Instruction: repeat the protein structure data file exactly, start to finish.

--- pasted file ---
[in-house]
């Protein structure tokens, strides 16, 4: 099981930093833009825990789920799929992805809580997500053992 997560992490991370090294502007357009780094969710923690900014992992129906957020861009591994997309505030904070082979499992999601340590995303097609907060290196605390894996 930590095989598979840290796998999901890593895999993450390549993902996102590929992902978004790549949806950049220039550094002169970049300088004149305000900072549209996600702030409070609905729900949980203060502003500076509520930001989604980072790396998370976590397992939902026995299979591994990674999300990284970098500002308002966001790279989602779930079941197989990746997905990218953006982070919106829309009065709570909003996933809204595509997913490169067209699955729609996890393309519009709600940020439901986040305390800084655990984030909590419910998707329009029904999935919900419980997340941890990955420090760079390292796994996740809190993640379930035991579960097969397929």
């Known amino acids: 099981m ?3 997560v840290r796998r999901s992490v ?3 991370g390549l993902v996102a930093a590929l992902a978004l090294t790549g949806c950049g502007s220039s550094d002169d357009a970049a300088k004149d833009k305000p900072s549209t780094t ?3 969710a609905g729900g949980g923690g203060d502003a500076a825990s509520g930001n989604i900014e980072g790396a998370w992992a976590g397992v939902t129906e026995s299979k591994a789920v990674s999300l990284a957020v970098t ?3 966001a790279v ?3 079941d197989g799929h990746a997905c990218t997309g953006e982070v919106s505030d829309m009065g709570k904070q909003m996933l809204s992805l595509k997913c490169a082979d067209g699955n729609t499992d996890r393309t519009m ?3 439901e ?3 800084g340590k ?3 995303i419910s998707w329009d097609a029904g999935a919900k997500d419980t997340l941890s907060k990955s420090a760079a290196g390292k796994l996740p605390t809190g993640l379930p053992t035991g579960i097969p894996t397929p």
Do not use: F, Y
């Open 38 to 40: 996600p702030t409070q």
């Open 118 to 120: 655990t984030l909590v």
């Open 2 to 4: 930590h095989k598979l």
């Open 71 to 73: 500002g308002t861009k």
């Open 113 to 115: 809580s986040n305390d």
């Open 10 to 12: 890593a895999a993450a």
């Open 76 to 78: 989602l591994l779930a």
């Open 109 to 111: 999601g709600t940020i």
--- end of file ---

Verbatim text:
[in-house]
């Protein structure tokens, strides 16, 4: 099981930093833009825990789920799929992805809580997500053992 997560992490991370090294502007357009780094969710923690900014992992129906957020861009591994997309505030904070082979499992999601340590995303097609907060290196605390894996 930590095989598979840290796998999901890593895999993450390549993902996102590929992902978004790549949806950049220039550094002169970049300088004149305000900072549209996600702030409070609905729900949980203060502003500076509520930001989604980072790396998370976590397992939902026995299979591994990674999300990284970098500002308002966001790279989602779930079941197989990746997905990218953006982070919106829309009065709570909003996933809204595509997913490169067209699955729609996890393309519009709600940020439901986040305390800084655990984030909590419910998707329009029904999935919900419980997340941890990955420090760079390292796994996740809190993640379930035991579960097969397929």
């Known amino acids: 099981m ?3 997560v840290r796998r999901s992490v ?3 991370g390549l993902v996102a930093a590929l992902a978004l090294t790549g949806c950049g502007s220039s550094d002169d357009a970049a300088k004149d833009k305000p900072s549209t780094t ?3 969710a609905g729900g949980g923690g203060d502003a500076a825990s509520g930001n989604i900014e980072g790396a998370w992992a976590g397992v939902t129906e026995s299979k591994a789920v990674s999300l990284a957020v970098t ?3 966001a790279v ?3 079941d197989g799929h990746a997905c990218t997309g953006e982070v919106s505030d829309m009065g709570k904070q909003m996933l809204s992805l595509k997913c490169a082979d067209g699955n729609t499992d996890r393309t519009m ?3 439901e ?3 800084g340590k ?3 995303i419910s998707w329009d097609a029904g999935a919900k997500d419980t997340l941890s907060k990955s420090a760079a290196g390292k796994l996740p605390t809190g993640l379930p053992t035991g579960i097969p894996t397929p």
Do not use: F, Y
């Open 38 to 40: 996600p702030t409070q």
């Open 118 to 120: 655990t984030l909590v």
């Open 2 to 4: 930590h095989k598979l």
């Open 71 to 73: 500002g308002t861009k």
């Open 113 to 115: 809580s986040n305390d």
């Open 10 to 12: 890593a895999a993450a």
């Open 76 to 78: 989602l591994l779930a």
């Open 109 to 111: 999601g709600t940020i």